Apparently, Armenia is enjoying a bumper crop this summer, and entrepreneurs are cashing in. The Armenian news Web site a1plus.am reports "piles of watermelons at every step of the way in different districts of Yerevan" being hawked by vendors.

The displays aren't elaborate: The watermelons "are either on the ground or the asphalt right under the scorching sun," the report states.

Most sellers claim their melons are brought in fresh daily, although the report casts doubt that many can afford to rent trucks so often.

Why would so many vendors sell the same thing? Because watermelons appear to be the runaway favorite of shoppers, most of whom like the convenience of street-side sales.

But not everyone does. "Who would buy watermelons from people who are dressed in dirty clothes with dirty hands?" asks one woman. (In defense of the vendors, it's only fair to note that watermelons do actually grow in dirt.)

As for all those melons left out in the "scorching sun" day after day, the Web site notes that this doesn't deter any of the vendors from hanging up signs boasting: "Cold Watermelon."

Monday, September 7, 2009

Say it Again! is food for thought

Full disclosure from Doug: This post has nothing to do with food, Armenian or otherwise, although it is about something I cooked up.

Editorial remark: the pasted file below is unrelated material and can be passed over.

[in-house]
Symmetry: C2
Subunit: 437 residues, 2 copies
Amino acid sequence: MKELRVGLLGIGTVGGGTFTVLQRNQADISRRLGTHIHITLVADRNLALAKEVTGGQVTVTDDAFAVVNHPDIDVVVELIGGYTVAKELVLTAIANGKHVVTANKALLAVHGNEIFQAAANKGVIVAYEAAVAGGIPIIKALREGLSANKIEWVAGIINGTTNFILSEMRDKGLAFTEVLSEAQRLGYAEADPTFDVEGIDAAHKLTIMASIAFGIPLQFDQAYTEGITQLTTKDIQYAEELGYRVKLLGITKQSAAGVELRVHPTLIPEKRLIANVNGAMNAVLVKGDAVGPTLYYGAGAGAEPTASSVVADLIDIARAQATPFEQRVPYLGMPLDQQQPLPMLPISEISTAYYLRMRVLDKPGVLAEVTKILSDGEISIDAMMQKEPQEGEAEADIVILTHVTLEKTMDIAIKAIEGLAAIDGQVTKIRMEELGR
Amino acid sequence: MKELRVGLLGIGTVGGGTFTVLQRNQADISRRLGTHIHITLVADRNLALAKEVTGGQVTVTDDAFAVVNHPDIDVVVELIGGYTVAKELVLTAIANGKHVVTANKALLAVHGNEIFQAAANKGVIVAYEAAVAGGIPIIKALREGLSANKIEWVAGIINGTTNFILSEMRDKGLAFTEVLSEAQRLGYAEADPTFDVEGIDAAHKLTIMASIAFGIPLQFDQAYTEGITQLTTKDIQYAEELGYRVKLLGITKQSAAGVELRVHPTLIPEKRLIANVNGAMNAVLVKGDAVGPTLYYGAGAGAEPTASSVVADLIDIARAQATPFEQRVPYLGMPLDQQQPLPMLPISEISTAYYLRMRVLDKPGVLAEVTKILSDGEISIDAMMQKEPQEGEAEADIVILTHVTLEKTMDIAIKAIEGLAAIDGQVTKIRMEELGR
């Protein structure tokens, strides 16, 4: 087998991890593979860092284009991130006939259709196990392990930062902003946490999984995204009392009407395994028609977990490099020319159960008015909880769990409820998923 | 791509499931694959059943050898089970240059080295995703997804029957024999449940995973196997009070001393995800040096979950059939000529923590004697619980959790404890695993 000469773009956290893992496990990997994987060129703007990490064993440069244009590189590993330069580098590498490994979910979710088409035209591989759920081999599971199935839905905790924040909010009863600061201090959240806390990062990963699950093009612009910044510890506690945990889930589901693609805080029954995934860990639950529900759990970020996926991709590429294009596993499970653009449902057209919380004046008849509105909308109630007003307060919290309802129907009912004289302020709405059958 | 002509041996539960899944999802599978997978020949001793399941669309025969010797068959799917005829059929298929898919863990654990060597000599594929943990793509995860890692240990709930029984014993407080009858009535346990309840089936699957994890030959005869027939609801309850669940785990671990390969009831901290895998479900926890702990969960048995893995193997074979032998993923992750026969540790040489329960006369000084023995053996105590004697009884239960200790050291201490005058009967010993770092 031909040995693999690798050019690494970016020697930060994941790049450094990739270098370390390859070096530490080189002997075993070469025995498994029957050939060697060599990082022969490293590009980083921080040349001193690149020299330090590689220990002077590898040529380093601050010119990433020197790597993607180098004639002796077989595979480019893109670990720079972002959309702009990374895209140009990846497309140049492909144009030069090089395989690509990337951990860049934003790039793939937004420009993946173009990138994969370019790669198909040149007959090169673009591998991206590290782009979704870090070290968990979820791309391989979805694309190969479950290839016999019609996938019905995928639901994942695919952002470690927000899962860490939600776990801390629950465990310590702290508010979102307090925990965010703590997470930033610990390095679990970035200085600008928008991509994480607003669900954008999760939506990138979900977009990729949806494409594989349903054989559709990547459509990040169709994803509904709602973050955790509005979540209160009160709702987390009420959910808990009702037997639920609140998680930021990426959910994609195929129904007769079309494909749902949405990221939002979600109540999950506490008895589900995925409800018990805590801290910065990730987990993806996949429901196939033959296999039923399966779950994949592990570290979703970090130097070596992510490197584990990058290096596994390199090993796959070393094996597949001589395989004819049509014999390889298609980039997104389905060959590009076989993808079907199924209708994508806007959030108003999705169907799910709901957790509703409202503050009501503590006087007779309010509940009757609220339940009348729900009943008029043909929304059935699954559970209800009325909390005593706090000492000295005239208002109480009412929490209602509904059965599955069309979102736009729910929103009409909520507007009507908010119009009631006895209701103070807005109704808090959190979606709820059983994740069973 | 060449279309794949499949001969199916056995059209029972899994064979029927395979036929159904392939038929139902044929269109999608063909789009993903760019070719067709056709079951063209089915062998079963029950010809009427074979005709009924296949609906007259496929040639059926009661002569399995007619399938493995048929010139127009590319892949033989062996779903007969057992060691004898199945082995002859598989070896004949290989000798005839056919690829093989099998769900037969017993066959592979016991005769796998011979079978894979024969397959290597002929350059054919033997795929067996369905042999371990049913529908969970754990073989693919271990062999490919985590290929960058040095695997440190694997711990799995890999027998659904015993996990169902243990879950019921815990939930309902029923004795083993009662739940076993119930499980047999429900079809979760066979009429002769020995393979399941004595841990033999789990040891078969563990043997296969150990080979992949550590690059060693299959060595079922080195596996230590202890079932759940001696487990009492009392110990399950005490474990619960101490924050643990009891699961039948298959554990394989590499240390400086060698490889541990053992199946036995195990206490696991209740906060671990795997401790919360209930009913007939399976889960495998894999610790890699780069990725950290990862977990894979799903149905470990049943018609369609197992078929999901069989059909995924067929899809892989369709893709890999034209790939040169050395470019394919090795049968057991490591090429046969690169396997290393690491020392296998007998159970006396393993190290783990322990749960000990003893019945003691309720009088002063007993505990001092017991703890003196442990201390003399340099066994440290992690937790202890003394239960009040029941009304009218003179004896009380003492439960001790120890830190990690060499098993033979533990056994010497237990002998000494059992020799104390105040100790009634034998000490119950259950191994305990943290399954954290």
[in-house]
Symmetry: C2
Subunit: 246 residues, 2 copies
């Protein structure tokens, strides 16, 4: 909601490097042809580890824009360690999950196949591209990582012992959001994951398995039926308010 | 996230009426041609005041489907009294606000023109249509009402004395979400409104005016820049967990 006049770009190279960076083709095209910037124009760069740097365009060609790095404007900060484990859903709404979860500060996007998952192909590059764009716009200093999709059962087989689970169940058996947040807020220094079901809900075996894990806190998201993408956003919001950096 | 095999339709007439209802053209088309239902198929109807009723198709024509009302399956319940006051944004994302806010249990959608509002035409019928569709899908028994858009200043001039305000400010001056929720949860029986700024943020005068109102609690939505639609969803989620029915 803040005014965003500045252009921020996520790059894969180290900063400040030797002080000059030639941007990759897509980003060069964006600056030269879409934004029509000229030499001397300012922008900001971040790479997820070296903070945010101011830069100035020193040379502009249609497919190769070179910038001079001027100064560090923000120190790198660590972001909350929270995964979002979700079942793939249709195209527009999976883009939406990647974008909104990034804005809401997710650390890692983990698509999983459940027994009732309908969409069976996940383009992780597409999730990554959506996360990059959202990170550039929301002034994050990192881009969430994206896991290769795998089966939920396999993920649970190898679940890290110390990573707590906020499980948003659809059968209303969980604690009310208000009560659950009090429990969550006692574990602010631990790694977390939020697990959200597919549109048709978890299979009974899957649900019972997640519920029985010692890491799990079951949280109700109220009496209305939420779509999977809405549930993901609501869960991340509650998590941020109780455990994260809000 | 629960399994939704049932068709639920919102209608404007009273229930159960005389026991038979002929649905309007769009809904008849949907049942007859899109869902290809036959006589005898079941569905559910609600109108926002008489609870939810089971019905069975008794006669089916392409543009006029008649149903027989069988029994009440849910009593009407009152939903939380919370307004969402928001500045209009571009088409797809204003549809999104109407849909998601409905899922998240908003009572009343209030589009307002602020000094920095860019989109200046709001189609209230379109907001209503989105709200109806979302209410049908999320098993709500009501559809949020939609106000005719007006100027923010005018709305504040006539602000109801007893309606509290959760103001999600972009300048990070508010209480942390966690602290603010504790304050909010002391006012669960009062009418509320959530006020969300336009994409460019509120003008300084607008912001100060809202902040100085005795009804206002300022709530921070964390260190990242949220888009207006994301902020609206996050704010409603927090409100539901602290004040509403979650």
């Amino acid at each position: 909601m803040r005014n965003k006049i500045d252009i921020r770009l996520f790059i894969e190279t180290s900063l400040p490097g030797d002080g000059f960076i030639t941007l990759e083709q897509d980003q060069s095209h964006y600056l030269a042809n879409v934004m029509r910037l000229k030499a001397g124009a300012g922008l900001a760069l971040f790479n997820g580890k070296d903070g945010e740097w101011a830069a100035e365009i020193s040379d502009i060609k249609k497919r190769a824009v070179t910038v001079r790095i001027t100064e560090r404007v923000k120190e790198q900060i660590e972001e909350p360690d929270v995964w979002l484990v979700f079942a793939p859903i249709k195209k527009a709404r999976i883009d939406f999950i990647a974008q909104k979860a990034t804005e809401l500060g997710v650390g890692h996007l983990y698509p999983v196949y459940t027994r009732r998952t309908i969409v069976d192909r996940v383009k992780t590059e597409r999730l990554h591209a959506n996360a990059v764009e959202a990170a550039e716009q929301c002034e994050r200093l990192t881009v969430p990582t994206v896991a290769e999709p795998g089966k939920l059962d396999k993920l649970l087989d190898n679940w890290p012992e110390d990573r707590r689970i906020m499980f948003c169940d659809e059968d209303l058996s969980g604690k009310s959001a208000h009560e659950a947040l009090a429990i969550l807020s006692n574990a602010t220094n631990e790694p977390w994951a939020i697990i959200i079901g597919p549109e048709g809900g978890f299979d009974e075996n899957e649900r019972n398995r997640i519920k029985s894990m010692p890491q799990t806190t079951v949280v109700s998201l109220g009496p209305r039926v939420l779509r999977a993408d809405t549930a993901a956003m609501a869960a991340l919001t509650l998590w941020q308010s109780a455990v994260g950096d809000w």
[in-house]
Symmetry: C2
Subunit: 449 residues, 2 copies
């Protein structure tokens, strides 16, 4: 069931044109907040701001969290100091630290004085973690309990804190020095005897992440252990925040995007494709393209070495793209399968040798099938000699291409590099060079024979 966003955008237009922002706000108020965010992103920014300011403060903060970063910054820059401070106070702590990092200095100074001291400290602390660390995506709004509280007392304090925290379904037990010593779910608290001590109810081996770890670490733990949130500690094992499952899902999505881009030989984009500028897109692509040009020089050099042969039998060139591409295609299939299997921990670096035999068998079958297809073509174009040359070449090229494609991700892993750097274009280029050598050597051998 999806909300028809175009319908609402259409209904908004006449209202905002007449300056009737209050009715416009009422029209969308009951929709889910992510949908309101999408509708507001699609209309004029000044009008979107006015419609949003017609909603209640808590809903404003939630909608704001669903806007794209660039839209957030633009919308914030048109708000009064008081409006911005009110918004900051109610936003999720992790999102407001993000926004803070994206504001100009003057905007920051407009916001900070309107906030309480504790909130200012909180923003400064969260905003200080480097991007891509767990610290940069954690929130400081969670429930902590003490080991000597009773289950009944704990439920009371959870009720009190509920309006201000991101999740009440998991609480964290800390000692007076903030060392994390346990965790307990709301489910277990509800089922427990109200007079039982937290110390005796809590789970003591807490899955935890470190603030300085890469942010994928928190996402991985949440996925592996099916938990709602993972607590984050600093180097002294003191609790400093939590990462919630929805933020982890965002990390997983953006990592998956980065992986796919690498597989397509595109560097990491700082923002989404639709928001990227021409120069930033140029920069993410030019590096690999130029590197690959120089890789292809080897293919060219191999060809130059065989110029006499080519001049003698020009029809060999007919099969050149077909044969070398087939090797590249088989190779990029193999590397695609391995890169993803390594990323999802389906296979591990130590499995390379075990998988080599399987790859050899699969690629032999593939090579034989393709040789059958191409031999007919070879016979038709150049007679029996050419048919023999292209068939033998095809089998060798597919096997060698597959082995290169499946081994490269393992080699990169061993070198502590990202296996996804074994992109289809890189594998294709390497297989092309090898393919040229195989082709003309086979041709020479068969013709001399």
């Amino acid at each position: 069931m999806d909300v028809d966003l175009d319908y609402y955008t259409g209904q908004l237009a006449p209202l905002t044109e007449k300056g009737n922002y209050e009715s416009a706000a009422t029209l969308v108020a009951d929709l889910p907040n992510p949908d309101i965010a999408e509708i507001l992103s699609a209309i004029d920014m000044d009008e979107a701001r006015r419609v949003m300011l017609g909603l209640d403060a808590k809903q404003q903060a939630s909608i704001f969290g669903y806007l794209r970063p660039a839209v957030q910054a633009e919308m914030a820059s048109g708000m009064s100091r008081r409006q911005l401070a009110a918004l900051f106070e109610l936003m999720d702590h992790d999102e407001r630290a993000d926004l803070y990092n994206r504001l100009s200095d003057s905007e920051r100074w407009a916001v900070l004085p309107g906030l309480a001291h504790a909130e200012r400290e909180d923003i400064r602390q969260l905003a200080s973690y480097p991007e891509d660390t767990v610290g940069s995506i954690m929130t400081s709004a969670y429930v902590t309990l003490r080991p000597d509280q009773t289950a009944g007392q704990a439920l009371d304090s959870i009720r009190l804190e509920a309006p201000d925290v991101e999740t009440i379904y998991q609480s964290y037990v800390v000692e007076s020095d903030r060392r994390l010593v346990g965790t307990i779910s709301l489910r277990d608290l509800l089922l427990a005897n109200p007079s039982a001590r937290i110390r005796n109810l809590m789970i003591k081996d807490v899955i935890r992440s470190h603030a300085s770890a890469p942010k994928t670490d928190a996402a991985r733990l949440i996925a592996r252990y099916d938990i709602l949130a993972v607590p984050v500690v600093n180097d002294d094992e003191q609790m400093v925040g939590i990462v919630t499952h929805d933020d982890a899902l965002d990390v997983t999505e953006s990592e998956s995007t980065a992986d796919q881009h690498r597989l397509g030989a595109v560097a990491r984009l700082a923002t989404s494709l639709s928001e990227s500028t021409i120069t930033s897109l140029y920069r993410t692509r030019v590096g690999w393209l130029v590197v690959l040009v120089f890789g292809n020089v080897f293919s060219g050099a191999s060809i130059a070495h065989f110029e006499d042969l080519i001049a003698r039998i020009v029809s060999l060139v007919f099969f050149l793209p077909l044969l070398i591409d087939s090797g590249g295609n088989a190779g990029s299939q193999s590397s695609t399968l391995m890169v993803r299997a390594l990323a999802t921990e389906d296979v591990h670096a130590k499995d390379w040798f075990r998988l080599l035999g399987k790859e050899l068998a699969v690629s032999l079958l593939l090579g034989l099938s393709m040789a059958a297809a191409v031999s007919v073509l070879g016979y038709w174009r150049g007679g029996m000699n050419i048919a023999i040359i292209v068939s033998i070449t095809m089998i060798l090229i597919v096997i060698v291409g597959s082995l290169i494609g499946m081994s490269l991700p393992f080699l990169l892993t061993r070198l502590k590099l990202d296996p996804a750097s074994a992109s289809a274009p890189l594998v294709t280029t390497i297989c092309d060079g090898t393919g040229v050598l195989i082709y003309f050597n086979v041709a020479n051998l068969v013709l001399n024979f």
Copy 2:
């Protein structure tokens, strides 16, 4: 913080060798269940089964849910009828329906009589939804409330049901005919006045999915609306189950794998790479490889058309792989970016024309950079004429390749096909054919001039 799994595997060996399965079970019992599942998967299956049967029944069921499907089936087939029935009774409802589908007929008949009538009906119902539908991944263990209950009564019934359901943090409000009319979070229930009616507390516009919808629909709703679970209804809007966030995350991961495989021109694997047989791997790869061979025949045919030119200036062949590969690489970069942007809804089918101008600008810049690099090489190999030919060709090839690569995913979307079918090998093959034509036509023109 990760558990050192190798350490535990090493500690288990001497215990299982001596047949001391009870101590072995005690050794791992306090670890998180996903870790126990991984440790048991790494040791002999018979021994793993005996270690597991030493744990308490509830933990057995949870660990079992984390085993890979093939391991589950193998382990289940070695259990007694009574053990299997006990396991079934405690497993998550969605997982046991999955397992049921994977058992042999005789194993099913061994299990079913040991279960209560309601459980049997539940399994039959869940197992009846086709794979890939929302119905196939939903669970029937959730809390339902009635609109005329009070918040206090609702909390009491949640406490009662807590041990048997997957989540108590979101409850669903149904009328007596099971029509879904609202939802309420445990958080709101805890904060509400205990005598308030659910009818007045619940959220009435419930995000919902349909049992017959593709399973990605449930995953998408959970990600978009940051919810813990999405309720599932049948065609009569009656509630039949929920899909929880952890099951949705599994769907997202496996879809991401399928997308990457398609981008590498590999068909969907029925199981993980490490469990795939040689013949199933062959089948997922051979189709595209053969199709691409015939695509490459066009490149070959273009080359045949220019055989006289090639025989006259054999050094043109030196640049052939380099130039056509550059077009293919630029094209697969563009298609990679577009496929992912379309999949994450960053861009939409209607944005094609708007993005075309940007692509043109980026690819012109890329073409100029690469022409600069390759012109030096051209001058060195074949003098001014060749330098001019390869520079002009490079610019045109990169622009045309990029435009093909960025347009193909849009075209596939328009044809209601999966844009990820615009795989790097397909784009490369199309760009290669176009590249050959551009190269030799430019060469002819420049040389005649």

My friend Leila Alson and I are celebrating the publication of a joint project that we've been planning for several years, a small book with big advice for people who want to sound as smart as they really are.

Say It Again! is a compact guide to correcting the most common pronunciation errors in American English. Leila is a masterful speech coach who created a very clever method of using common words and sounds to show anyone how to quickly and easily pronounce more challenging words.

It's all very simple, but it's not for dummies. It's for successful people -- and those who want to be successful -- who make the sort of mistakes we all do because we can't really hear ourselves speak as others do.

Say It Again! is short and easy to carry for quick reference. It's also (we hope) fun and at least mildly amusing.